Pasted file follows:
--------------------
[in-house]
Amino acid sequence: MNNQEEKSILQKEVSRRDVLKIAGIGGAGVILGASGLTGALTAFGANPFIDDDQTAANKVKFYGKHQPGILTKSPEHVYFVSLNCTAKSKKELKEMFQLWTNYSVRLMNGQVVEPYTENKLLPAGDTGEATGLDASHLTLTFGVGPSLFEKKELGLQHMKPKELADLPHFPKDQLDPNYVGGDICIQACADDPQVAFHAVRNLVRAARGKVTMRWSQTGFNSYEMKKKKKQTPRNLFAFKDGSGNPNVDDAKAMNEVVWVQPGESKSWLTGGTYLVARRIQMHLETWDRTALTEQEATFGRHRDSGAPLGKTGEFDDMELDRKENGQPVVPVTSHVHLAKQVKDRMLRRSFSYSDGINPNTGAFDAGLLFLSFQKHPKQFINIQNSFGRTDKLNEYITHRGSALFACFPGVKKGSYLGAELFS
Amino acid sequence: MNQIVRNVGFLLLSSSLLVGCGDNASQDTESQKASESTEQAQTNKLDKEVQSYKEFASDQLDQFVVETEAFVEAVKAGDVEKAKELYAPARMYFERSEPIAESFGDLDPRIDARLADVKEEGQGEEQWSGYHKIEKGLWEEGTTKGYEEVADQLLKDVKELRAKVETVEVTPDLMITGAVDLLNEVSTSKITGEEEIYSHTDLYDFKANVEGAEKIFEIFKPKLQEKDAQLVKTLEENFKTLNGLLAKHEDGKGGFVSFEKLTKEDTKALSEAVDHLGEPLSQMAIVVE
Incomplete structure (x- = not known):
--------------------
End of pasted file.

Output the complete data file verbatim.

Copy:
[in-house]
Amino acid sequence: MNNQEEKSILQKEVSRRDVLKIAGIGGAGVILGASGLTGALTAFGANPFIDDDQTAANKVKFYGKHQPGILTKSPEHVYFVSLNCTAKSKKELKEMFQLWTNYSVRLMNGQVVEPYTENKLLPAGDTGEATGLDASHLTLTFGVGPSLFEKKELGLQHMKPKELADLPHFPKDQLDPNYVGGDICIQACADDPQVAFHAVRNLVRAARGKVTMRWSQTGFNSYEMKKKKKQTPRNLFAFKDGSGNPNVDDAKAMNEVVWVQPGESKSWLTGGTYLVARRIQMHLETWDRTALTEQEATFGRHRDSGAPLGKTGEFDDMELDRKENGQPVVPVTSHVHLAKQVKDRMLRRSFSYSDGINPNTGAFDAGLLFLSFQKHPKQFINIQNSFGRTDKLNEYITHRGSALFACFPGVKKGSYLGAELFS
Amino acid sequence: MNQIVRNVGFLLLSSSLLVGCGDNASQDTESQKASESTEQAQTNKLDKEVQSYKEFASDQLDQFVVETEAFVEAVKAGDVEKAKELYAPARMYFERSEPIAESFGDLDPRIDARLADVKEEGQGEEQWSGYHKIEKGLWEEGTTKGYEEVADQLLKDVKELRAKVETVEVTPDLMITGAVDLLNEVSTSKITGEEEIYSHTDLYDFKANVEGAEKIFEIFKPKLQEKDAQLVKTLEENFKTLNGLLAKHEDGKGGFVSFEKLTKEDTKALSEAVDHLGEPLSQMAIVVE
Incomplete structure (x- = not known):